I’m still giddy from hearing from Martin Walker. I’m also still giddy over the surprise (early) birthday party.
History is full of fighting. We are a species for whom fighting and war in endemic. I, however, had one sick aggression gene; instead of flaring at others, I turn on myself. The incident with the clinic, although triggered by the action of another, became a sinkhole of self-loathing. When someone hurts me, instead of being angry at the person, I turn on myself. It’s a life-long pattern.
Then suddenly, on Monday, came a flood of life rings: an email from Nancy full of respect and a plea to remain on her committee, a similar email from Dyan, the lovely note from Martin Walker for finding an error in his book (of which he seems to have been unaware. And then a surprise birthday party FULL of incredible warmth and kindness. And I feel myself again.
It hurt so overwhelmingly awful to be shamed and ridiculed for having my condition. I now have a ‘fuck them’ attitude when I think of them.
Yesterday morning, I got another email from Dyan. We are meeting here on Friday. There’s an opening on the board for a communications officer, that I want to fill. I’m going to ask Dyan if she thinks I’d be acceptable. I think I’m going to propose that I have a handler in case something relating to clinic work triggers me again. I want to ask Carol if she’d mind being someone I could go to if I found myself triggered again. Carol is also on the board, and I write for her once a month. She runs the Arts Council.
I’d love to have that roll, believing that the position functions as spokesperson of a committee. I’d be part of a team. “I really want this job.” Chorus Line
I’ve been told that I have a neurological disorder. I was shown pictures of my brain to support their explanation of what was going on with me. I’ve heard this a million times: “The hardware of your brain is fine, but your software is misfiring.” Eventually I discovered learning about the condition isn’t going to make me less vulnerable. All I have, is my own experience. And as with every experience, I have learned from it. That is why I like the Carol idea. I feel safer.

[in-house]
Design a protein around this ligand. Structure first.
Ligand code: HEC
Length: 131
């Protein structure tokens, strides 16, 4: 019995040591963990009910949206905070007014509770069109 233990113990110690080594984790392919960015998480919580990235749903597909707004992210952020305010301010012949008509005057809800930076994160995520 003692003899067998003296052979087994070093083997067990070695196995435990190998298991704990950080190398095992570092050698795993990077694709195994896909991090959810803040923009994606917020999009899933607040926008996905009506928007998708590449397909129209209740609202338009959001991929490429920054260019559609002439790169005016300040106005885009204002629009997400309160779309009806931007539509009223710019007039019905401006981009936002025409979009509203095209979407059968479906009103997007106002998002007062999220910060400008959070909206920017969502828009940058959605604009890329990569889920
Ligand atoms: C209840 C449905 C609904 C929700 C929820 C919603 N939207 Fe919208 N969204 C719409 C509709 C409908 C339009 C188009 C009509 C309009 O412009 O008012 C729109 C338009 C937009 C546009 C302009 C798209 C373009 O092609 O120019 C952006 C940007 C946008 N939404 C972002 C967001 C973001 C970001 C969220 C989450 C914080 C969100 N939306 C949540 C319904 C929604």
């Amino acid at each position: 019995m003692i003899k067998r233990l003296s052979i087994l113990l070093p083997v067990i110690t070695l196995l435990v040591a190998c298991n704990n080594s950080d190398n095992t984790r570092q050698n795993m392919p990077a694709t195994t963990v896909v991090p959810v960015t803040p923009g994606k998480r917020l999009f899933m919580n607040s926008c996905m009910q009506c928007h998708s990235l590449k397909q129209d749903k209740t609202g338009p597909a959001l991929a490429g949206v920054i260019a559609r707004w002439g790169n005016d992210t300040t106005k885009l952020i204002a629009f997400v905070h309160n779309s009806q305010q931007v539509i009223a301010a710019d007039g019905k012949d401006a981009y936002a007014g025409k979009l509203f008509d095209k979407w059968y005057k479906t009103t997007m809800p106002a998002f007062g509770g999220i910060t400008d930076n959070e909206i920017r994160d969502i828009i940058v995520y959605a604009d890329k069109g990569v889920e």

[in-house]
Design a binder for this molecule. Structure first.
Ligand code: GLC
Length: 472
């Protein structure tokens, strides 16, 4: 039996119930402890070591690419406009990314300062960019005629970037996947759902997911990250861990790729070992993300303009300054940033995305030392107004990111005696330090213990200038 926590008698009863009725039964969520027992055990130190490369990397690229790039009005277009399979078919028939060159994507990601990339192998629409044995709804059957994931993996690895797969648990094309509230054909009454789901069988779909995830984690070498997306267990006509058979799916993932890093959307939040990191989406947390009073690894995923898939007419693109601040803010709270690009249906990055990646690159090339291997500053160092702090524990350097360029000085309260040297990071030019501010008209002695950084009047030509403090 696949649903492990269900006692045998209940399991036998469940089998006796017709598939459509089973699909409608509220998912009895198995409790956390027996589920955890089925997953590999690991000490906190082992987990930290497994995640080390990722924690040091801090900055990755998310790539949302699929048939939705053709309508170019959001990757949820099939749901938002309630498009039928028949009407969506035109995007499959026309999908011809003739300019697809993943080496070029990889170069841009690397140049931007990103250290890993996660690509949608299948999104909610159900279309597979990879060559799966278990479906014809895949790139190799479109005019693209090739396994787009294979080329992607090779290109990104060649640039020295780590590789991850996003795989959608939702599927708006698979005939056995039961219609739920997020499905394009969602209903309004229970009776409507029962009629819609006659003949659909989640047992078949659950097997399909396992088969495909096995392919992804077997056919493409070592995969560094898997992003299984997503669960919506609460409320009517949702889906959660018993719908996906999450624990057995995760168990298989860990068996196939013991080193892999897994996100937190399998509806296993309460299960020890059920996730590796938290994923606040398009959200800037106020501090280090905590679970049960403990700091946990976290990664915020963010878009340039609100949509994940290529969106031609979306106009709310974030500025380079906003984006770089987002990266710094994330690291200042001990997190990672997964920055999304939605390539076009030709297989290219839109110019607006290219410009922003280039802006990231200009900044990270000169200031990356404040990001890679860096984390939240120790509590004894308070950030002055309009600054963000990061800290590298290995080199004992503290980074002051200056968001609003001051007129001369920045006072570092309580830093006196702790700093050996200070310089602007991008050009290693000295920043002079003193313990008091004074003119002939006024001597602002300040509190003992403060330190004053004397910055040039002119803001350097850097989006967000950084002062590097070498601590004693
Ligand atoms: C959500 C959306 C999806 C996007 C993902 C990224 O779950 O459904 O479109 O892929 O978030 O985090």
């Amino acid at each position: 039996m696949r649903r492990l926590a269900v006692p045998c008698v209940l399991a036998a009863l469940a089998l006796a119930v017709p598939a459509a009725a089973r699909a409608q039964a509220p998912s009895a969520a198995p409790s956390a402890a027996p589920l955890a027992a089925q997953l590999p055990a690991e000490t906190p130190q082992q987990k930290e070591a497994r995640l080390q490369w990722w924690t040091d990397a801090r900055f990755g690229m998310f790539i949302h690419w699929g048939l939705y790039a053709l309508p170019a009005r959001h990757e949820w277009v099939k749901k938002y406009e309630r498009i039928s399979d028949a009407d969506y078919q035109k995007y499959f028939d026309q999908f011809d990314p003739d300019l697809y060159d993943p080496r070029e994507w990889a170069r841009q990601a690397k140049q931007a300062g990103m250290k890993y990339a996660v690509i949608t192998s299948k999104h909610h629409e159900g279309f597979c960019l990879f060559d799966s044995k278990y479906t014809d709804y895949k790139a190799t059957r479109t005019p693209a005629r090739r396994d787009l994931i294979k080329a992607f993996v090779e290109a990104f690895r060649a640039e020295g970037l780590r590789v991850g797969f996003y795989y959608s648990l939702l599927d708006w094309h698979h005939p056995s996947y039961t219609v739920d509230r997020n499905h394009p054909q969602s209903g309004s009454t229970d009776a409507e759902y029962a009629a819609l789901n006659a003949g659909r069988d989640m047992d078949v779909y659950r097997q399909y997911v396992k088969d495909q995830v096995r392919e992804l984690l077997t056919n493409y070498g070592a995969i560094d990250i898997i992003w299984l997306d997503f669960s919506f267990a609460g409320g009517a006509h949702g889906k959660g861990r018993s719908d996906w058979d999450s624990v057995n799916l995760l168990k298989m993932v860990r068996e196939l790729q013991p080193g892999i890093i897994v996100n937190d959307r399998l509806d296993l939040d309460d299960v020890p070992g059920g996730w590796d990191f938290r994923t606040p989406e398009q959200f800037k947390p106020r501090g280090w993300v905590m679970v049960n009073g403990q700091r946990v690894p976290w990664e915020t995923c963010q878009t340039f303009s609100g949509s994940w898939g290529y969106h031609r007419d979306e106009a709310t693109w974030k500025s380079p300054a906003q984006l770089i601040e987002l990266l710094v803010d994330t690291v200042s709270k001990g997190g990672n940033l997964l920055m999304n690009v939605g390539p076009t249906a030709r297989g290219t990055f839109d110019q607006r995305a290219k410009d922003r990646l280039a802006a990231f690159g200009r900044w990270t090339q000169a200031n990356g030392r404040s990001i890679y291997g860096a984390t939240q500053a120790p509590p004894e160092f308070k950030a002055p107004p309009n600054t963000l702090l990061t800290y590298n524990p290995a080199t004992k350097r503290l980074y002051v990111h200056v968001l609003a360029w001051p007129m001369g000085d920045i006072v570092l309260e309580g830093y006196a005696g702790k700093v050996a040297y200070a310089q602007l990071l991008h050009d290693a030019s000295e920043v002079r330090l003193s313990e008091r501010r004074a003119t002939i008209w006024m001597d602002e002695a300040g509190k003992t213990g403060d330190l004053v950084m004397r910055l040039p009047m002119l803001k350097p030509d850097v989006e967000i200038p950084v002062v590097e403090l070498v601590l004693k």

I wrote the bit above about my struggle with what happened with the clinic Tuesday at around 5:30 pm. Then I made my dinner and watched a movie, then I came back to do some writing for Dyan. While I was typing away, Sheba suddenly started barking really loudly and angry and running from the bedroom to the back door. The noise scared and bothered me; an increasing sense of fear overtook me.
Where I sit at my desk, I am facing out a window and mounted above it is a motion-activated light; if someone comes toward either of my two doors, an outdoor light goes on. I was very frightened as time passed and the light did not go on, until I wasn’t anymore.
FND or PTSD, or both together … I don’t know why, but I can become very fearful. Beloved Dr. S. said PTSD was an anxiety disorder. I never understood that; I didn’t consider myself anxious. But now I think that’s how she labels what I call fear. I struggle to match my experience with medical terminology. But the fear aroused my Sheba was just like the fear caused by Nancy’s email.
Cathy remarked on how good my speech was when we Zoomed yesterday. She was expecting chaos due to all she’d read on my blog. But I was not surprised to be speaking well; Dyan’s and Nancy’s emails have turned my mood around. Cathy could hear my healed soul.
I was emailing friends much of yesterday morning—especially my friends who’d feted me the night before—then Her Highness and I went for a walk between rain spells. And then came Bruno, followed by making another batch of chicken wrap. I’ve worked on the recipes and ratios and am ready to make it again for my birthday dinner with my gay posse.